Column / Brexit Briefing
Who decides when to pull the Article 50 trigger?
By Benjamin Fox
One viral video, doing the rounds on social media, shows a cat in a Union Jack flag scratching to be let out through a door marked "Brexit". As soon as the door opens, the cat looks at the door, then at the man who opened it, then back at the door…without moving.
It’s now six weeks since 52 percent of Brits voted to leave the EU. But if Article 50 is now the most talked about section of the EU treaty (in London at least), we are no closer to seeing it put into action.
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The apparent wish of Secretary of State for Exiting the European Union, David Davis, to wait until early 2017 to pull that two year pin on the Article 50 grenade, is frustrating in equal measure to European leaders and many people in the Conservative party. But the delay is probably just as well.
Who can trigger Article 50?
The answer to "who can trigger Article 50 and how" depends on which lawyer you ask.
Government ministers are under the impression that Theresa May doesn’t need Parliamentary approval to begin negotiating, and can use the prerogative powers that used to belong to the Queen.
David Cameron, for his part, promised during the campaign that he would immediately go to Brussels and begin negotiations, before changing his mind and resigning the day after the vote.
The London-based law firm Mischon de Reya has become an unlikely rallying point for Remain supporters, launching a court case that would require Theresa May to get formal approval from Parliament before she triggers Article 50.
Opening arguments on the case took place three weeks ago. It is likely to end up before the UK’s Supreme Court.
Meanwhile, the Constitutional Law Association — the UK's national body of constitutional law scholars and experts — insists that Parliament must enact a statute empowering or requiring the Prime Minister to issue notice under Article 50. However, they have no formal power to bring that about.
It’s at times like this that a written constitution would save everybody a lot of trouble, time and sizeable legal fees.
Stuck in court
Either way, there is a need for legal certainty. Article 50 specifies that a decision to leave the European Union must be made ‘in conformity to a Member State’s constitutional requirements’. Fall foul of this requirement and we could be stuck in the courts for years.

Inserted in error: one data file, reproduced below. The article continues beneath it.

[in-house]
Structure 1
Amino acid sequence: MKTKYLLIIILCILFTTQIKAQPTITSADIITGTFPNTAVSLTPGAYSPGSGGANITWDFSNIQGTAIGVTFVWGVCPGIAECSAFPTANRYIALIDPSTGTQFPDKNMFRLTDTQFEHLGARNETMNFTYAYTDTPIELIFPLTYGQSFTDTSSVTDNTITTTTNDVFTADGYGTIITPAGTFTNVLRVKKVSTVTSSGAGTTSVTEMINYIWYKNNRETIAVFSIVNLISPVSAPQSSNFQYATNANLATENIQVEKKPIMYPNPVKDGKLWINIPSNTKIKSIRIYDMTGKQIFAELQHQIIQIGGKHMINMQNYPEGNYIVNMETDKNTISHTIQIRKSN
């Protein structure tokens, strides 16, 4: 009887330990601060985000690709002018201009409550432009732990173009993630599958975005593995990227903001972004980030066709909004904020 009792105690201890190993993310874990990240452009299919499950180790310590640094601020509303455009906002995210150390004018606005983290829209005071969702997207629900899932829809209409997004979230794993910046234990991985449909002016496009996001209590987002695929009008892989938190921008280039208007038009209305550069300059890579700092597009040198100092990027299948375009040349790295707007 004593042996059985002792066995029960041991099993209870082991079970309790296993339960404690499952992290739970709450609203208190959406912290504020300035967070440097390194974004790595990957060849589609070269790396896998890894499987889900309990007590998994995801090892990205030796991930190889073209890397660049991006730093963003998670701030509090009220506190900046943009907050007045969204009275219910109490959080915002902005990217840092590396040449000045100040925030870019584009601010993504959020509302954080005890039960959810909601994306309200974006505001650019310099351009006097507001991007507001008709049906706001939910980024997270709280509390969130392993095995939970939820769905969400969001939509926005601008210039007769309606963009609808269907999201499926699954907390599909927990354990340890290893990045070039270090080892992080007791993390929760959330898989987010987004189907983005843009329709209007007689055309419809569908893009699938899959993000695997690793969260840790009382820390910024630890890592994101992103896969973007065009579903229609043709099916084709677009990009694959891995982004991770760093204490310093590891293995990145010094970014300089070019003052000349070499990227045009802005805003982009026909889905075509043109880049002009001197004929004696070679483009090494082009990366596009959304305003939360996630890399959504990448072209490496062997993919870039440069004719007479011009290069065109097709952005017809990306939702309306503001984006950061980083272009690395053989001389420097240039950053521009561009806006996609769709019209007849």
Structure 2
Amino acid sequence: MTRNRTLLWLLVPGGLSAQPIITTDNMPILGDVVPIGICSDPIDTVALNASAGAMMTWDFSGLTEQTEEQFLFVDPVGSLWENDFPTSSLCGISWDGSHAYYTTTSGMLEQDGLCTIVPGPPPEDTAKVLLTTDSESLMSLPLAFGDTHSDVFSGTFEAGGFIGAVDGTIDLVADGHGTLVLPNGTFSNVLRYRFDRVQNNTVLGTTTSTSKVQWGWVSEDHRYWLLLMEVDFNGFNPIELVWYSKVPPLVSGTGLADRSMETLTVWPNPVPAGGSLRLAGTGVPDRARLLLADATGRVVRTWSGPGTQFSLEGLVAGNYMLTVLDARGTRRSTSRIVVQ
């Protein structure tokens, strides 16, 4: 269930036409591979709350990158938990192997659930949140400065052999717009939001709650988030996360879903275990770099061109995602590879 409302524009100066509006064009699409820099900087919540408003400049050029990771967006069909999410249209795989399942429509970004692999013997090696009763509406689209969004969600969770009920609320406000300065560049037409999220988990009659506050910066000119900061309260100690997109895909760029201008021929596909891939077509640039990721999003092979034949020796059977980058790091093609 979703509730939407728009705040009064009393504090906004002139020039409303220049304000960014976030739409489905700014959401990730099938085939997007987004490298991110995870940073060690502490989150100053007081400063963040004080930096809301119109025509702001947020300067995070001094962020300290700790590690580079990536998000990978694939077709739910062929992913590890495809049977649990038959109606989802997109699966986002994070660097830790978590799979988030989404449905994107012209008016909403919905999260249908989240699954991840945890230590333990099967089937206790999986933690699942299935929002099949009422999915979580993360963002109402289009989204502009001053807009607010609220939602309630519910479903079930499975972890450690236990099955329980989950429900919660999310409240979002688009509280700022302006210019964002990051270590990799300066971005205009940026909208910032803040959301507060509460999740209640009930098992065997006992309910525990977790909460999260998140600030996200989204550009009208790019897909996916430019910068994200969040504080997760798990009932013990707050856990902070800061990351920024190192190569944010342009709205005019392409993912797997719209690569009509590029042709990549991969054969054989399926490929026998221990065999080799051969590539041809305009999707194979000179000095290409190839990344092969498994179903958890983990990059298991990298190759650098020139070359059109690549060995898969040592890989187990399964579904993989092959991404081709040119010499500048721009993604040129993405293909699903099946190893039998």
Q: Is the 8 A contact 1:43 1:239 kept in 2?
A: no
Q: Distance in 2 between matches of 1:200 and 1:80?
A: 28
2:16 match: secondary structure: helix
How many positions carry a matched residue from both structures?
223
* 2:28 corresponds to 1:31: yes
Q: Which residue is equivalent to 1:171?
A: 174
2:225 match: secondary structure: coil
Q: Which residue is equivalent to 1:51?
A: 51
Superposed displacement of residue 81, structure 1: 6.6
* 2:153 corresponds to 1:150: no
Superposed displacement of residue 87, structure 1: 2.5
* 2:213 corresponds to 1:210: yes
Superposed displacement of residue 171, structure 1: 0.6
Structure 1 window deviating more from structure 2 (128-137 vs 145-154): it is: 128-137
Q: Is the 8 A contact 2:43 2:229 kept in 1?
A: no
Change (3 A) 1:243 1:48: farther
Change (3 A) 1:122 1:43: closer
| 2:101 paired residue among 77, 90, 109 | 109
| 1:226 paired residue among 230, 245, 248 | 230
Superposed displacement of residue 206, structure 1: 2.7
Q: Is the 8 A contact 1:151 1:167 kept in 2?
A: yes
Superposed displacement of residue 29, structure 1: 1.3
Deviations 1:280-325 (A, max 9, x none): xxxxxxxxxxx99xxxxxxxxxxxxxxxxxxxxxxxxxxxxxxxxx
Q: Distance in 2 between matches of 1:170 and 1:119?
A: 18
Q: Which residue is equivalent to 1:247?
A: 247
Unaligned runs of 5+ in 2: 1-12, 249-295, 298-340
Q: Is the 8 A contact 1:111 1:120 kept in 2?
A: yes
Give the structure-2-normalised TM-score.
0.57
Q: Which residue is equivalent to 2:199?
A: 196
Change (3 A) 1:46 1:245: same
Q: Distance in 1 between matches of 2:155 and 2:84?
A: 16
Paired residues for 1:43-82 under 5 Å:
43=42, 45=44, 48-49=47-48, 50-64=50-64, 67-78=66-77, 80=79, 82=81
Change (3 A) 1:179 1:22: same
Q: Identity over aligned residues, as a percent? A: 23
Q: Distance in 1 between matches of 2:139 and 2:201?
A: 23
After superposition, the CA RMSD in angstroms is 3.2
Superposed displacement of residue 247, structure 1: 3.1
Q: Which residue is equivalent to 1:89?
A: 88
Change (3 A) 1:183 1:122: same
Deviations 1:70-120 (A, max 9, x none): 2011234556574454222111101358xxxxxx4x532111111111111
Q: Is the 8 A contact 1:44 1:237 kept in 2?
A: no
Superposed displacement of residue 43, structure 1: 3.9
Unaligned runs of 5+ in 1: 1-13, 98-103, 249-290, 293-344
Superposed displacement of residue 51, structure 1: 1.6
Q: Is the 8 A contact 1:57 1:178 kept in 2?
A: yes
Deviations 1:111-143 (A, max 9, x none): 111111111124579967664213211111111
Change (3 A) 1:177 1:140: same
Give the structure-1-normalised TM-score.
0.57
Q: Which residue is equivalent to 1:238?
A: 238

But while May has repeatedly said that "Brexit means Brexit", there is no time limit on when Article 50 will be invoked, and no clarity on what the terms of Brexit could look like.
The UK has far more to lose than the remaining EU-27 if it leaves the bloc without an alternative plan in place. This means the UK government wants to start the two year process only when it feels strong enough to get what it wants.
This could mean, as lawyer and writer David Allen Green suggested, that “the longer article 50 notification is put off, the greater the chance it will never be made ... And there is currently no reason or evidence to believe that, regardless of the referendum result, the notification will be sent at all.”
Act of Parliament
If triggering Article 50 does require an act of Parliament, getting the support of MPs would pose little challenge despite the Conservatives’ slim majority of 12.
The government pamphlet sent to all UK households in May and June was unequivocal in stating that “this is your decision. The Government will implement what you decide.”
It’s extremely hard to imagine Conservative and Labour MPs defying the will of the electorate, and getting away with it.
A snap election within the next six months remains a distinct possibility. With the Labour party more interested in its own civil war than being the opposition, there is every chance May would win a crushing victory.
But if a general election would give May a personal mandate to govern, the referendum already gives her administration a mandate to negotiate Brexit.
The House of Lords, however, could be a different story. The unelected Lords, to their credit, include a healthy number of independent-minded troublemakers. Despite the chamber’s obvious democratic deficit, much of the most effective scrutiny of government laws is the work of those Lords.
Patience Wheatcroft, a senior former journalist and Conservative Peer, is among a cross-party group of Peers who threatened to block any Act, arguing that “people ought to be given an opportunity to think again”.
Yet, Wheatcroft's Conservative group is a minority in the Lords (243 out of 797), outnumbered by a motley collection of Labour, Liberal Democrat, and non-partisan Crossbench Peers, not to mention 26 Bishops.
It is perhaps appropriate that the decision to begin unpicking the spider’s web of the UK’s relations with the EU should be beset with legal uncertainty and difficulty.
For the moment, like video of the indecisive cat, unsure if it really wants to make those fateful steps, everyone is confused but we're still watching.